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"And Then There Were Ten"

For the week of Monday March 27, 2000

On March 31, 1949, Newfoundland became Canada's tenth province, more than eighty years after the British North America Act of 1867 came into effect.

Joseph Smallwood

Joseph Smallwood
© LAC / PA-128080

Newfoundland sent two representatives to the Québec Conference on Confederation in 1864, but refused to join the union at first. In general, its delegates were opposed to having weak provincial governments in favour of a powerful federal one. Furthermore, some Roman Catholics and Irish nationalists on the island saw Confederation as a North American version of the controversial Act of Union of 1801 between Ireland and Great Britain. Newfoundlanders dropped the Confederation debate after the 1869 elections when the anti-Confederates won a large majority.

The First World War and Great Depression left Newfoundland near bankruptcy. As a result, in 1933, its elected assembly was replaced with a British-appointed commission, a suspension of democracy on the island, until Newfoundland was financially stable. When the Second World War ended in 1945, Newfoundlanders were offered three options: 1) another five years of the commission, 2) dominion status with an elected assembly, or 3) union with Canada. Clement Attlee and William Lyon Mackenzie King, Prime Ministers of Great Britain and Canada respectively, were in favour of option three, but Newfoundlanders weren't sure.

Newfoundland enters Confederation as the tenth province<br>with the boundaries as deliminated in 1927

Newfoundland enters Confederation as the tenth province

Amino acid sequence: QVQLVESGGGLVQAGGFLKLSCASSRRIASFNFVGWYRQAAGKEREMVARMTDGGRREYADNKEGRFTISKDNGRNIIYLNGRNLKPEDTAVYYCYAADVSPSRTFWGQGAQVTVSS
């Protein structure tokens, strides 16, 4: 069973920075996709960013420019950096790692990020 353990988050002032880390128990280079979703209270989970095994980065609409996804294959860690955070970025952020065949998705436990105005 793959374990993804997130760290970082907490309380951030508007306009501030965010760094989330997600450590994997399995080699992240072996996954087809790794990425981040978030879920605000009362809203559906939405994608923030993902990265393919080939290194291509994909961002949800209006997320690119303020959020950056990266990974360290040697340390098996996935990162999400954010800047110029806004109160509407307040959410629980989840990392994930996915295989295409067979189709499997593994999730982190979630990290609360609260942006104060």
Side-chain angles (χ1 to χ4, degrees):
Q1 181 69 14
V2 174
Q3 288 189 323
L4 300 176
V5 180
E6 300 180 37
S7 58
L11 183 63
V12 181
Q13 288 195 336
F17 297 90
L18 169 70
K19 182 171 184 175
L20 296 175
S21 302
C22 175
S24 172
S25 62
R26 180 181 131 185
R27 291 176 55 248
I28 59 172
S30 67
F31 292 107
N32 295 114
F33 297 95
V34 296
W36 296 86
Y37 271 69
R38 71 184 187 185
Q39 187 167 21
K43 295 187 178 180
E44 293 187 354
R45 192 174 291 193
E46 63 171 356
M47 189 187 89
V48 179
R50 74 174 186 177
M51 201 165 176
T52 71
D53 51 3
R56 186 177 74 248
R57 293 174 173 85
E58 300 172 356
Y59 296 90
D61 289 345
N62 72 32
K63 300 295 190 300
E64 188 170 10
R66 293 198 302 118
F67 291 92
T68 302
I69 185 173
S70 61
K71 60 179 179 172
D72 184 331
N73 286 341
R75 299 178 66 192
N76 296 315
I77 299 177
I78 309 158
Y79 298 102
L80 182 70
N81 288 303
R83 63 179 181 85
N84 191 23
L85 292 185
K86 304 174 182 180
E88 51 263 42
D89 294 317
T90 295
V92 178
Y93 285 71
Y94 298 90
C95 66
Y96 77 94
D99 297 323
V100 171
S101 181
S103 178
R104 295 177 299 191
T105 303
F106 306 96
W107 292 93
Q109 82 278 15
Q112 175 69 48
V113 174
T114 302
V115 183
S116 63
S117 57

with the boundaries as deliminated in 1927

This map is based on information taken
from the National Atlas of Canada maps.
© 1999. Her Majesty the Queen in Right of Canada
with permission of Natural Resources Canada.

In 1946, a 45-man national convention assembled to debate Newfoundland's future. Joseph Smallwood was the most openly pro-Confederation. Though his colleagues generally outvoted him, they agreed that representatives be sent to London and Ottawa, to explore the Confederation option. In 1948, Newfoundland held two referenda to determine its political future. In the first, the idea of continuing the non-elected commission was soundly rejected, but in light of no clear majority, a second refendum was held on July 22. Confederation was chosen by an extremely slim, and some say controversial, majority. The terms of union were accepted on December 11, 1948 and Smallwood became premier of the new province in March 1949. He remained in office until 1971.

Smallwood, "the most loved and hated man in Newfoundland," is credited with the success of the Confederates in Newfoundland. He was confident that Newfoundlanders could keep their uniqueness even in a union with Canada. The Minister of Canadian Heritage has recognized the National Historic Significance of both Joseph Roberts Smallwood, known as the last Father of Confederation, and Newfoundland's Entry into Confederation. Both are commemorated by plaques in St. John's, Newfoundland.

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